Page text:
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ICC Note: A Chinese Christian and former journalist was detained and questioned by Chinese authorities related to his writing in opposition to the removal of crosses in Wenzhou province. Zan Aizong is a writer and member of the Chinese Independent Pen Centre who has written extensively on human rights violations within China while doing much of his work on China’s house churches-unregistered churches-and calling for the Communist regime to recognize them as legal places of worship. China continues to be one of the worst violators of religious freedom and human rights maintaining their listing as a top country of particular concern according to the U.S. Commission on International Religious Freedom (USCIRF).  

11/04/2015 China (South China Morning Post) – A Chinese dissident writer who wrote extensively about the mass demolition of crosses atop churches in Zhejiang province was questioned on Tuesday on suspicion of “inciting subversion of the state”, a friend confirmed.

Zan Aizong was on Tuesday taken away briefly and his house raided, according to Zan’s friend, who spoke on condition of anonymity.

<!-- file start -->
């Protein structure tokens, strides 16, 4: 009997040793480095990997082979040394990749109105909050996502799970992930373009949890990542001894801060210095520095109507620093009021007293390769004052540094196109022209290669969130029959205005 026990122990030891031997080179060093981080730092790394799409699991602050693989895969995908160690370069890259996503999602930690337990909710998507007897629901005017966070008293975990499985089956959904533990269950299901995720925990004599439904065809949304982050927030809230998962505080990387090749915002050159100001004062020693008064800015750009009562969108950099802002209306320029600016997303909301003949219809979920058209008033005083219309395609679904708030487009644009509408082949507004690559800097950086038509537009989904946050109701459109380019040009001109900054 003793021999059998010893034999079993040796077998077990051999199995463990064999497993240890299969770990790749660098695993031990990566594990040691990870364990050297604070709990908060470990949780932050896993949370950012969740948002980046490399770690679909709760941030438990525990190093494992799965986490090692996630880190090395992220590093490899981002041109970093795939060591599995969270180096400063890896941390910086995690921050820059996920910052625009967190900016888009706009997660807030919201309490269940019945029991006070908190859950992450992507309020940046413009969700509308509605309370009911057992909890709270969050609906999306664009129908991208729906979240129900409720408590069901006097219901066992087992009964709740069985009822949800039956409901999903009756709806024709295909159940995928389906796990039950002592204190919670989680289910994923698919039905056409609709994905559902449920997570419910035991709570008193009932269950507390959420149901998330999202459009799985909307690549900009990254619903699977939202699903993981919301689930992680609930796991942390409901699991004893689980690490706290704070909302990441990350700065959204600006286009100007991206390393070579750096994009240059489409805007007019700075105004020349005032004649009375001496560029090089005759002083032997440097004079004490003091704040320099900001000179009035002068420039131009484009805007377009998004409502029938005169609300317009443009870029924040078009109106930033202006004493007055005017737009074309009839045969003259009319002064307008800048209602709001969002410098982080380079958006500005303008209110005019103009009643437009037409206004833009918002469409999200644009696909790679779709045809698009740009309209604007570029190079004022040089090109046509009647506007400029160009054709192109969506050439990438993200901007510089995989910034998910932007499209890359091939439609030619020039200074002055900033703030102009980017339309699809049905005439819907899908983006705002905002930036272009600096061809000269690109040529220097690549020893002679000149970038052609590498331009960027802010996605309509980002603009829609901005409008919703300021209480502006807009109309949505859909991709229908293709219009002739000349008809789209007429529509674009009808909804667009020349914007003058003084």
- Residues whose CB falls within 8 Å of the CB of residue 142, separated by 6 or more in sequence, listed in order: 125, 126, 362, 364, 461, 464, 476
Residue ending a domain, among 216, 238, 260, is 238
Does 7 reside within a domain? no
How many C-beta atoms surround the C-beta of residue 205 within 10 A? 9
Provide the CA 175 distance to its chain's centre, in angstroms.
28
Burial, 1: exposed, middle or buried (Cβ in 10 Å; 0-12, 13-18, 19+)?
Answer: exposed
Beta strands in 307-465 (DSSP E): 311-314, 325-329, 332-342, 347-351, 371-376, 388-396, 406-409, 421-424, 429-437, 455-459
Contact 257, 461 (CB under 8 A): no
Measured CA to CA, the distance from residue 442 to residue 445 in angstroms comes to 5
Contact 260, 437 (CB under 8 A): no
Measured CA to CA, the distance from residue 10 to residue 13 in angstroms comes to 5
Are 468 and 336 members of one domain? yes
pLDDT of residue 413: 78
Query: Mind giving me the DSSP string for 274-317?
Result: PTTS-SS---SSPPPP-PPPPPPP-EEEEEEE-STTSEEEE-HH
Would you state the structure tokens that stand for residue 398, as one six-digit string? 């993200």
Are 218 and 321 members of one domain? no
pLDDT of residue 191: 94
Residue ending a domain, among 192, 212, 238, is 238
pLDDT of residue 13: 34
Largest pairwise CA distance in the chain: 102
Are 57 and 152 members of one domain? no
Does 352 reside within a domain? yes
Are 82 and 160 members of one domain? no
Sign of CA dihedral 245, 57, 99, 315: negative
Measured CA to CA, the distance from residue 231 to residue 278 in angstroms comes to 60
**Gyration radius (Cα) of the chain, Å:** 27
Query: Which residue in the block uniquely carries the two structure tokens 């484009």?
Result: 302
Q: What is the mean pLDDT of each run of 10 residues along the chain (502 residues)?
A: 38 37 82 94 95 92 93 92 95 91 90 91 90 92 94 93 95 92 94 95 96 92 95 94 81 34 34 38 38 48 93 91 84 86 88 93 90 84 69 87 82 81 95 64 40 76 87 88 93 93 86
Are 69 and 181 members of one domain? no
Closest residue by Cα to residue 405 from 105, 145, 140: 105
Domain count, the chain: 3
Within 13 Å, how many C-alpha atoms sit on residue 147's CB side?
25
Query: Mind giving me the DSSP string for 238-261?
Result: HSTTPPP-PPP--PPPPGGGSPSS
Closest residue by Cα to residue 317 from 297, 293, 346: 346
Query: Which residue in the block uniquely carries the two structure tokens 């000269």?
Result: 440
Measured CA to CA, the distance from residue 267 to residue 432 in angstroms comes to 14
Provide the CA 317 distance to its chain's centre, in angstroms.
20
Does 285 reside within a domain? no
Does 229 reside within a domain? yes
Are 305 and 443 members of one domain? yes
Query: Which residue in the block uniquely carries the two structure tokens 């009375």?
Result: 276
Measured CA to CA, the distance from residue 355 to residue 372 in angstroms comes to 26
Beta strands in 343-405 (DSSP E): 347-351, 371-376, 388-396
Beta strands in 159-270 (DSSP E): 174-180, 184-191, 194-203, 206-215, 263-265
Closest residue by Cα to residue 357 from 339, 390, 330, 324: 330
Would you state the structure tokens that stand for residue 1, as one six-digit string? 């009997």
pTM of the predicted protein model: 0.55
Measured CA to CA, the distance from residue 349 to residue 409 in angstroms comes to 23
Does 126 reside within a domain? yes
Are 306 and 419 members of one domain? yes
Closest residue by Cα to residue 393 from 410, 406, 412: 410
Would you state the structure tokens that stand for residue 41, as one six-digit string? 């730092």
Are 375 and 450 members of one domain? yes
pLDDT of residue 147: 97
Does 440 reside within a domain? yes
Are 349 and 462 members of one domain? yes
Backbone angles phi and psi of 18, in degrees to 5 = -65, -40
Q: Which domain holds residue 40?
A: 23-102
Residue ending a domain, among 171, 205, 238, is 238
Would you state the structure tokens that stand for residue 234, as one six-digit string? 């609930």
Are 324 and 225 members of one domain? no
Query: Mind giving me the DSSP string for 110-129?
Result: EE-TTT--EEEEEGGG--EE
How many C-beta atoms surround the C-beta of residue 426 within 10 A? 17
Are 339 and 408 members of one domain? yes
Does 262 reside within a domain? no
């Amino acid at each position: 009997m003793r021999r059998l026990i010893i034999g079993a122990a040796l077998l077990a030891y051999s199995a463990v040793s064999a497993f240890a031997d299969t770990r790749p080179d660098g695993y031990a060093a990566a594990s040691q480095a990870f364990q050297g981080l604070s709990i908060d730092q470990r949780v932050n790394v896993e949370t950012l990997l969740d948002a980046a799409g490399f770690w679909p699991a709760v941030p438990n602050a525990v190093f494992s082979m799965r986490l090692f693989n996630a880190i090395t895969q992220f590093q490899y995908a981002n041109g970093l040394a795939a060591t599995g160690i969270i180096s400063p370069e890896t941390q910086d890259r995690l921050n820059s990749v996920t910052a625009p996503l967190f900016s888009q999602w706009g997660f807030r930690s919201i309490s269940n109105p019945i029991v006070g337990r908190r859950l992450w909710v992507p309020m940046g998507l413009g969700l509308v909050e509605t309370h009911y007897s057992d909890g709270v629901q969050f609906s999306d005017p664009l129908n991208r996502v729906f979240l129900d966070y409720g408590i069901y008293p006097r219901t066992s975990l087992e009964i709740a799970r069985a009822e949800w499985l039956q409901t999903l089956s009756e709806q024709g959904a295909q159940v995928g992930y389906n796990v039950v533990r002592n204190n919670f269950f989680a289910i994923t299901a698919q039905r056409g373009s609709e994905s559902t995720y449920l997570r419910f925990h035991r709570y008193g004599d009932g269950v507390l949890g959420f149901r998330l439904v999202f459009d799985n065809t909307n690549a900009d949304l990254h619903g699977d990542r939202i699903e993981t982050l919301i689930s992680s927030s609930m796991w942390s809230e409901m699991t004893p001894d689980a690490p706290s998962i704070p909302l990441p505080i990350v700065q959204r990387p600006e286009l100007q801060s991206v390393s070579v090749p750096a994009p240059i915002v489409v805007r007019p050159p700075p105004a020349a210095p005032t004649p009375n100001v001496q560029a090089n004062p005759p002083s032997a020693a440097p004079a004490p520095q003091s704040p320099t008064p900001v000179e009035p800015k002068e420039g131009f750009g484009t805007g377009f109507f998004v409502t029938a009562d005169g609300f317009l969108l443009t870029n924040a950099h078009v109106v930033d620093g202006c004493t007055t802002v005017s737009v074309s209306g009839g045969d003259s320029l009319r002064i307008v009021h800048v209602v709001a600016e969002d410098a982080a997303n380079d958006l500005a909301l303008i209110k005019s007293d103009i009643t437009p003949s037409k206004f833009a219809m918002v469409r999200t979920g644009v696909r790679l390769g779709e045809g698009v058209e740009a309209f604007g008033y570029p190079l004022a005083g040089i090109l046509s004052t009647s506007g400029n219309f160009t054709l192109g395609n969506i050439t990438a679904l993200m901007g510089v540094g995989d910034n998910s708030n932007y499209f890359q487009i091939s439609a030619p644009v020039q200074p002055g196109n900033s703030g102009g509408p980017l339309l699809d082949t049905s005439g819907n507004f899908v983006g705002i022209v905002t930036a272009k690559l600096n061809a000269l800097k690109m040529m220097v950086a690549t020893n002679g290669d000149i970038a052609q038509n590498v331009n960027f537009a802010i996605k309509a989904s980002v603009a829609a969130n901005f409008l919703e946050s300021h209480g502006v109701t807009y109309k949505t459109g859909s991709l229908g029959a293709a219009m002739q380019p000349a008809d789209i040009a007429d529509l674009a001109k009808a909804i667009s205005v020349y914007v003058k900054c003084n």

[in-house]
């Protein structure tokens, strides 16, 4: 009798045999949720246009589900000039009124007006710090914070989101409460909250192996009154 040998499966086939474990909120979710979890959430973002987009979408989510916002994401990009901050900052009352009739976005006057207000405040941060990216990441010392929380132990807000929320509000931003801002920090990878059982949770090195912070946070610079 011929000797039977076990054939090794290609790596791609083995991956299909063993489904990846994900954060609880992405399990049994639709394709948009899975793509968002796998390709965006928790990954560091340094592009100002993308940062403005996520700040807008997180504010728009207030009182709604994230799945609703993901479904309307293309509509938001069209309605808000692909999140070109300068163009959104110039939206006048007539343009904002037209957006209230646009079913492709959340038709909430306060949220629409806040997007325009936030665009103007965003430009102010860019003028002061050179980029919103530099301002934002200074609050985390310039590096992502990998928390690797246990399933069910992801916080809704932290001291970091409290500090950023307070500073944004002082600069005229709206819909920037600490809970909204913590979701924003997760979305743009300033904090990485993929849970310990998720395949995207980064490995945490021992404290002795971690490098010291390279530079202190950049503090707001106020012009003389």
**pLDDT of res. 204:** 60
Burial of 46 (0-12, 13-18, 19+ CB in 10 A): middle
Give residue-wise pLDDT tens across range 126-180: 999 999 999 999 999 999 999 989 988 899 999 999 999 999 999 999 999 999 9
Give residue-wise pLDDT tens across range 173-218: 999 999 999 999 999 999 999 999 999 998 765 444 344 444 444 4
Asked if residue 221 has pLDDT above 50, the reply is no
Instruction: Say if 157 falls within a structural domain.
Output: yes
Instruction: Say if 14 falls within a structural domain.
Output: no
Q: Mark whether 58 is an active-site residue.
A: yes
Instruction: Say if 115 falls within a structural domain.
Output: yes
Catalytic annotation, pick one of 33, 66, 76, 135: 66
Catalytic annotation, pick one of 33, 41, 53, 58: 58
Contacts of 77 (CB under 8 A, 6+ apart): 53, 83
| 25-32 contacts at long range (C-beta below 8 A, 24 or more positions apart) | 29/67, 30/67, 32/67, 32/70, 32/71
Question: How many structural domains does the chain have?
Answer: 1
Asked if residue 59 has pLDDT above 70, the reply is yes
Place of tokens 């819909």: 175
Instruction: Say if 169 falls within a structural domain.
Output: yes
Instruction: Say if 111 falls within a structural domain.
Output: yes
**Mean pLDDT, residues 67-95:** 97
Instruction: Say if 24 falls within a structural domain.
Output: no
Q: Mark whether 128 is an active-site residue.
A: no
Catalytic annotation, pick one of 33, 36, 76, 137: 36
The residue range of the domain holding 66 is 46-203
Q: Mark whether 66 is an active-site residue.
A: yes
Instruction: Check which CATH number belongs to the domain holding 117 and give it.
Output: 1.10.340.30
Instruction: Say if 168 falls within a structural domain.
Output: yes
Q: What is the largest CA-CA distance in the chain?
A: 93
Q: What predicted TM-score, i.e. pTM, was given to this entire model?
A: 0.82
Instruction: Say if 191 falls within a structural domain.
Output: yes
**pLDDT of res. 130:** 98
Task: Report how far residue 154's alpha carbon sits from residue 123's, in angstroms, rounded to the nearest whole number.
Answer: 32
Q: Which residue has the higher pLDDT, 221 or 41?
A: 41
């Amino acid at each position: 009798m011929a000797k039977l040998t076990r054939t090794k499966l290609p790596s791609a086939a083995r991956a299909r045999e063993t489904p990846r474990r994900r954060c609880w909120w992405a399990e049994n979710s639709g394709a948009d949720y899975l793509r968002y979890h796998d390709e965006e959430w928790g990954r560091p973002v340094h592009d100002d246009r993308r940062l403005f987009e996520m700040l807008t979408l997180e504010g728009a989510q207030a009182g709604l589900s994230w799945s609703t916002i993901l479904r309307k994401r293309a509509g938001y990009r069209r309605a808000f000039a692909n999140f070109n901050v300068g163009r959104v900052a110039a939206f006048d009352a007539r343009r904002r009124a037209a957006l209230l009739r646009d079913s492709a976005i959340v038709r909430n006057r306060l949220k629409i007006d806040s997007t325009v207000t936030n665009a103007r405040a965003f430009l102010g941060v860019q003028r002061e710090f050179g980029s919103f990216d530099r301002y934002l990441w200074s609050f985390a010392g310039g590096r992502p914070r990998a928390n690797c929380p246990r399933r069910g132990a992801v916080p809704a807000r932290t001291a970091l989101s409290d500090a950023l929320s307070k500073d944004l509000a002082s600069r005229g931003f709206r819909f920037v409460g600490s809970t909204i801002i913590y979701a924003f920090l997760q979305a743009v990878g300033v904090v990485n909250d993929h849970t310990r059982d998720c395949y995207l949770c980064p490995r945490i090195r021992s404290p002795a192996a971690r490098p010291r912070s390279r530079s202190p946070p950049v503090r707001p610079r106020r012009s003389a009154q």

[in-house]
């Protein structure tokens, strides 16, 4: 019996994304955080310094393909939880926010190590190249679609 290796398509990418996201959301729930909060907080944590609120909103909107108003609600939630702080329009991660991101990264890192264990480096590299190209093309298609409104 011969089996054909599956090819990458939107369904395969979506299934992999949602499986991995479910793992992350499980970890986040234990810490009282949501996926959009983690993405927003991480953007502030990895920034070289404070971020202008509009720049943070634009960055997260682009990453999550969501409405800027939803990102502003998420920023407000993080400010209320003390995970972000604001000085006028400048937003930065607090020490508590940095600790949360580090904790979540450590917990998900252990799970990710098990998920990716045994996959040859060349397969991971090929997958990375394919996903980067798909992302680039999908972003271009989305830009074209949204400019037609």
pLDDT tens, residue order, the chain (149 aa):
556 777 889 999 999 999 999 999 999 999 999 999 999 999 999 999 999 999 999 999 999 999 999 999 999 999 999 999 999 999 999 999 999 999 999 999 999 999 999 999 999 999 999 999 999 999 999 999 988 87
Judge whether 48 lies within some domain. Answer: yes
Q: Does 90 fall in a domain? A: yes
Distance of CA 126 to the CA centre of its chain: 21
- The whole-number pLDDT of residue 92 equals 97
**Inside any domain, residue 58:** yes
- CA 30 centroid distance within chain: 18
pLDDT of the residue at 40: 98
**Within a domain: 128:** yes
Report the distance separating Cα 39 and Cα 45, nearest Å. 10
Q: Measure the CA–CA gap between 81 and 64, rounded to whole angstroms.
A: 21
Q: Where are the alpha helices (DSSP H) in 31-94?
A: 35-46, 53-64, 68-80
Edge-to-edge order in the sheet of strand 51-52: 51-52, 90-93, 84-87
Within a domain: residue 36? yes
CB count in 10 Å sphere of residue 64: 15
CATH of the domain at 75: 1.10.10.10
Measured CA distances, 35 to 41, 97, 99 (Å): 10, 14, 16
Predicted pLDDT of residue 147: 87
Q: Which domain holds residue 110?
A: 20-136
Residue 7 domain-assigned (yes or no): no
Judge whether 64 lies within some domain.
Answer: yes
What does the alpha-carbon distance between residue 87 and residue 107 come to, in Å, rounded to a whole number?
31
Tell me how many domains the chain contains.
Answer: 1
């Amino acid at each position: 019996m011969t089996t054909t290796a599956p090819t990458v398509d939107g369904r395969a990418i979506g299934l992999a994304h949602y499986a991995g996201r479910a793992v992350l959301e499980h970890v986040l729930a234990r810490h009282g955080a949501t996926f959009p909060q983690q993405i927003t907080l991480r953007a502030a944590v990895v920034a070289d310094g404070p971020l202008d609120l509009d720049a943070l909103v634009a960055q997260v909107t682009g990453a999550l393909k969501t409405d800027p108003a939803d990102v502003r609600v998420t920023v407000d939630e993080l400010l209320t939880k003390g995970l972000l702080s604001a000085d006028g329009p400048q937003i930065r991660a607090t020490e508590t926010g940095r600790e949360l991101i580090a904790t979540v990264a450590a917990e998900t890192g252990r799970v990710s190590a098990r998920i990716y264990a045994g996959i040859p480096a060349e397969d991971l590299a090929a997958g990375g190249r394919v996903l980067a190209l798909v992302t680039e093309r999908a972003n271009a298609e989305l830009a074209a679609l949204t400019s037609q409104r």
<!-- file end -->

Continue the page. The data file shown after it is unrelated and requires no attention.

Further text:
According to the friend, Zan said in a social media post that police had also seized his computer and cellphone.

Zan, a Zhejiang-based writer and a member of the Chinese Independent Pen Centre, has been vocal on various human rights issues in China, ranging from the jailing of Nobel Peace Prize Laureate Liu Xiaobo to the massive campaign to demolish crucifixes affixed atop Zhejiang’s churches.

A Christian and a former journalist, Zan has written extensively on China’s house churches – unregistered churches deemed illegal by the state – and urged the government to recognise such churches.

The Zhejiang government last year targeted thousands of churches in Wenzhou, known by some as China’s Jerusalem, in a massive campaign in the name of “demolishing illegal construction”.

China Aid, a religious rights group based in the United States, has counted more than 360 crosses and one church demolished in the province from January to July last year.

Police have detained people against the move, including church members and prominent human rights lawyer Zhang Kai, who provided legal counsel for churches in their resistance to the campaign.

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